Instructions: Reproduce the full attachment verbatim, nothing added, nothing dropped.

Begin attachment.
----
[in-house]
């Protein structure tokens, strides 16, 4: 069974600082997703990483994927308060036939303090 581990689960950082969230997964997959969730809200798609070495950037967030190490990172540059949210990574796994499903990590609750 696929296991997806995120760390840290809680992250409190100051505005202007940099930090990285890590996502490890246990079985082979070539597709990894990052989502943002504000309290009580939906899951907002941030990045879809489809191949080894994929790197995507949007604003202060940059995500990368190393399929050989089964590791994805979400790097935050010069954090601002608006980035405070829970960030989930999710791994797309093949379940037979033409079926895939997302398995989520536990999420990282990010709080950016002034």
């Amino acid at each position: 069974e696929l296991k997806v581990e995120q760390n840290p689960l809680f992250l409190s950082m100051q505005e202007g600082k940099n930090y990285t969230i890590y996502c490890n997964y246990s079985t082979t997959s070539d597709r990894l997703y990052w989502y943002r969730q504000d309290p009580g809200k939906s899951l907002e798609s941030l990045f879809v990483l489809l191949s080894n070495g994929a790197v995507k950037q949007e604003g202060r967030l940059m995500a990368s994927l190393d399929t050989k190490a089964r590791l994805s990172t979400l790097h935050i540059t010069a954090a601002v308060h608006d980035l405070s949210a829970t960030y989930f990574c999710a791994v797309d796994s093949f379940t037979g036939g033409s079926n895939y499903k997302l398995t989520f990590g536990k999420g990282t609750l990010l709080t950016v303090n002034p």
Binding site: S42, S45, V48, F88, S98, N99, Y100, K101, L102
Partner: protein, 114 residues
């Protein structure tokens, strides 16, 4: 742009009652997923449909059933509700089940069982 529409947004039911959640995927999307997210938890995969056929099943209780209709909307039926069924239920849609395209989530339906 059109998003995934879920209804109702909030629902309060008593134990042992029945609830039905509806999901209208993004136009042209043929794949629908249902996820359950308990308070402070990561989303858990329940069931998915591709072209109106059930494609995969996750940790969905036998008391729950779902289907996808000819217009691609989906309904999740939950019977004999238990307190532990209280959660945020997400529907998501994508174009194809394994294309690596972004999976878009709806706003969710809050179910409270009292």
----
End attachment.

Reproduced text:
[in-house]
């Protein structure tokens, strides 16, 4: 069974600082997703990483994927308060036939303090 581990689960950082969230997964997959969730809200798609070495950037967030190490990172540059949210990574796994499903990590609750 696929296991997806995120760390840290809680992250409190100051505005202007940099930090990285890590996502490890246990079985082979070539597709990894990052989502943002504000309290009580939906899951907002941030990045879809489809191949080894994929790197995507949007604003202060940059995500990368190393399929050989089964590791994805979400790097935050010069954090601002608006980035405070829970960030989930999710791994797309093949379940037979033409079926895939997302398995989520536990999420990282990010709080950016002034």
């Amino acid at each position: 069974e696929l296991k997806v581990e995120q760390n840290p689960l809680f992250l409190s950082m100051q505005e202007g600082k940099n930090y990285t969230i890590y996502c490890n997964y246990s079985t082979t997959s070539d597709r990894l997703y990052w989502y943002r969730q504000d309290p009580g809200k939906s899951l907002e798609s941030l990045f879809v990483l489809l191949s080894n070495g994929a790197v995507k950037q949007e604003g202060r967030l940059m995500a990368s994927l190393d399929t050989k190490a089964r590791l994805s990172t979400l790097h935050i540059t010069a954090a601002v308060h608006d980035l405070s949210a829970t960030y989930f990574c999710a791994v797309d796994s093949f379940t037979g036939g033409s079926n895939y499903k997302l398995t989520f990590g536990k999420g990282t609750l990010l709080t950016v303090n002034p």
Binding site: S42, S45, V48, F88, S98, N99, Y100, K101, L102
Partner: protein, 114 residues
């Protein structure tokens, strides 16, 4: 742009009652997923449909059933509700089940069982 529409947004039911959640995927999307997210938890995969056929099943209780209709909307039926069924239920849609395209989530339906 059109998003995934879920209804109702909030629902309060008593134990042992029945609830039905509806999901209208993004136009042209043929794949629908249902996820359950308990308070402070990561989303858990329940069931998915591709072209109106059930494609995969996750940790969905036998008391729950779902289907996808000819217009691609989906309904999740939950019977004999238990307190532990209280959660945020997400529907998501994508174009194809394994294309690596972004999976878009709806706003969710809050179910409270009292």